"I've been on some bad teams, but …" said a noticeably frustrated Dunn after the White Sox were shut out for the 11th time this season in a 3-0 Detroit victory before 43,906 fans on Saturday night at Comerica Park.
"Everybody keeps saying … it really is unbelievable," continued Dunn, searching for the right words to explain the 40-68 disappointment. "I know we have guys who can hit, I know we have guys who can pitch. For us to be doing what we're doing, there's no excuse."
As Dunn said at the start of Saturday's brief postgame interview, it's the same story every night for the White Sox. They have lost a season-worst nine straight and 12 of their last 13, featuring enough pitching to be successful but not nearly enough offense.
The starting rotation holds a 2.72 ERA over these nine straight losses. The White Sox have scored more than two runs in just two of those defeats, scored just two runs in their last 28 innings and the season-long issue clearly is that no quick fix exists.
"You've got to touch home plate," said White Sox manager Robin Ventura in a direct tone as to how the offense can get better. "You get a couple guys on, but it's one of those you got to be able to add on and not just get a couple guys on. They've got to cross home."
"We try to improve," Dunn said. "We haven't done it."
Dunn had one of four singles off of Max Scherzer, Jose Veras and Joaquin Benoit (12th save), with Connor Gillaspie, Alex Rios and Alejandro De Aza also connecting. While the White Sox were scrapping for baserunners, the Tigers (63-45) were clearing the fence against John Danks (2-9).
Torii Hunter, Jhonny Peralta and Jose Iglesias all went deep against the southpaw, with Iglesias' fourth-inning shot serving as his first homer with Detroit. It was Prince Fielder, Austin Jackson and Hunter who homered against Danks on July 24 in Chicago, accounting for the six long balls Danks has yielded over 14 innings when facing the Tigers in 2013.
Danks actually was sharp overall, striking out six and walking one over seven innings and 107 pitches. But those homers were all the support Scherzer needed in improving to 16-1.
"He was mixing it up with his cutter, curveball and good changeup," said Tigers second baseman Ramon Santiago said of Danks. "He's a pretty good pitcher."
"I've got to keep the ball in the park," said Danks, whose season home run total rose to 20 over 89 2/3 innings, thanks to eight given up in his last 27 innings, tying him with Dylan Axelrod for the overall team lead. "Although they were all solo, they obviously burned me. So it's something we're working on and a couple I thought were decent pitches and they just hit them. But they're homers."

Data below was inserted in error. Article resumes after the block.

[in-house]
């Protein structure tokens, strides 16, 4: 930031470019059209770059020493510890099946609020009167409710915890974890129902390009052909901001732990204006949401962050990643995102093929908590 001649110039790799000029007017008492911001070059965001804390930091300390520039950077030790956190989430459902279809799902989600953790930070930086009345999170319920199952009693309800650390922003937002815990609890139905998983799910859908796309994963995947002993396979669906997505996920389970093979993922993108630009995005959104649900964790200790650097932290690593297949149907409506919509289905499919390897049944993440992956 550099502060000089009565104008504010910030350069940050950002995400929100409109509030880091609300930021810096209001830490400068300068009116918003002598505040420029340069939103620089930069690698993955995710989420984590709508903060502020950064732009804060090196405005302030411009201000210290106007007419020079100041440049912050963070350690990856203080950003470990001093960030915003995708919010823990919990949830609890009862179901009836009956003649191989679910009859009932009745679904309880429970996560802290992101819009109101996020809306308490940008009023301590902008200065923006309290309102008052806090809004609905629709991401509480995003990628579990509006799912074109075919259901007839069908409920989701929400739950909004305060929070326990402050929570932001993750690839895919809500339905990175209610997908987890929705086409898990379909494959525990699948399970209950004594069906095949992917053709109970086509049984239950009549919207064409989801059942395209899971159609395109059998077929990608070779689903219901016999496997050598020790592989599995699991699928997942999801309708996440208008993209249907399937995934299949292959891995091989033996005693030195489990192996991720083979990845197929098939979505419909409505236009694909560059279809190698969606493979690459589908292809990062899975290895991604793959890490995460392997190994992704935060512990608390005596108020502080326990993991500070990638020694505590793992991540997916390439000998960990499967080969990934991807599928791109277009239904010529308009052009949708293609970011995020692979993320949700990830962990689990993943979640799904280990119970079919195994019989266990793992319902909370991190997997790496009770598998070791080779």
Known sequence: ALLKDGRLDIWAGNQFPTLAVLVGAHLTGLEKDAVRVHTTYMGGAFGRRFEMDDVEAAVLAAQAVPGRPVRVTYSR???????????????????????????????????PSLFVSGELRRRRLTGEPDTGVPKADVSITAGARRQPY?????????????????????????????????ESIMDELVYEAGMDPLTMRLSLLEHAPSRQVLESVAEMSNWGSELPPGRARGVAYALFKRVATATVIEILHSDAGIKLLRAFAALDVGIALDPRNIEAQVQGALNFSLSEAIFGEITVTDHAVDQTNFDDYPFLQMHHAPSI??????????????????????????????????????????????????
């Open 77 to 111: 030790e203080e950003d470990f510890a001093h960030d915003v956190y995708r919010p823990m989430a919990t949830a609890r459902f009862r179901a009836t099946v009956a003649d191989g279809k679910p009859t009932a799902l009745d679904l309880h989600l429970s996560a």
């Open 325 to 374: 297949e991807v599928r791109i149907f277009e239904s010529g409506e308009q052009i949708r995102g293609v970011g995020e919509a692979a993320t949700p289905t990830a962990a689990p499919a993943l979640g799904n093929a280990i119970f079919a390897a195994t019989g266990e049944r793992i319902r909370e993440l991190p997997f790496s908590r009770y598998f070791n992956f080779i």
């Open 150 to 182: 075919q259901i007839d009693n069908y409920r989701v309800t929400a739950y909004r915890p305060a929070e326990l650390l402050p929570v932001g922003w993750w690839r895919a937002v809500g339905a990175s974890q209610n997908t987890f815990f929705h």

Scherzer worked 7 2/3 innings, battling through a lack of complete sharpness early thanks to a four-pitch fourth inning. He finished with six strikeouts and three walks, benefitting from top-notch defense behind him sparked by Jackson in center.
"Alex [Avila] and I had a good game plan and we thought we could attack them," said Scherzer of beating the White Sox. "Obviously we were, and we were successful tonight."
"In the past, you would get one or two pitches to hit and you would capitalize," said Dunn of Scherzer. "He doesn't walk guys like he used to and his stuff is as good, if not the best, in the game."
That same compliment cannot be paid to the White Sox offense.
When asked after the loss how he keeps from personally losing it and the same for the team in general while dealing with all this failure, Dunn said that pride hopefully takes over. Playing for personal pride really is all that's left for the White Sox over the final 54 games.
"Swallow this one, come back tomorrow and play good baseball. Ride the ship and get better," Dunn said. "The thing that's frustrating, we have guys in the cage doing early hitting every day and we're just not getting it done."
"You're never numb to it," said Ventura of the latest extended losing streak. "I don't think that's the word. You just get frustrated and you wait for it to turn. When you struggle, that's part of it. I think your frustration sets in, but you still have to be able to block it out and play."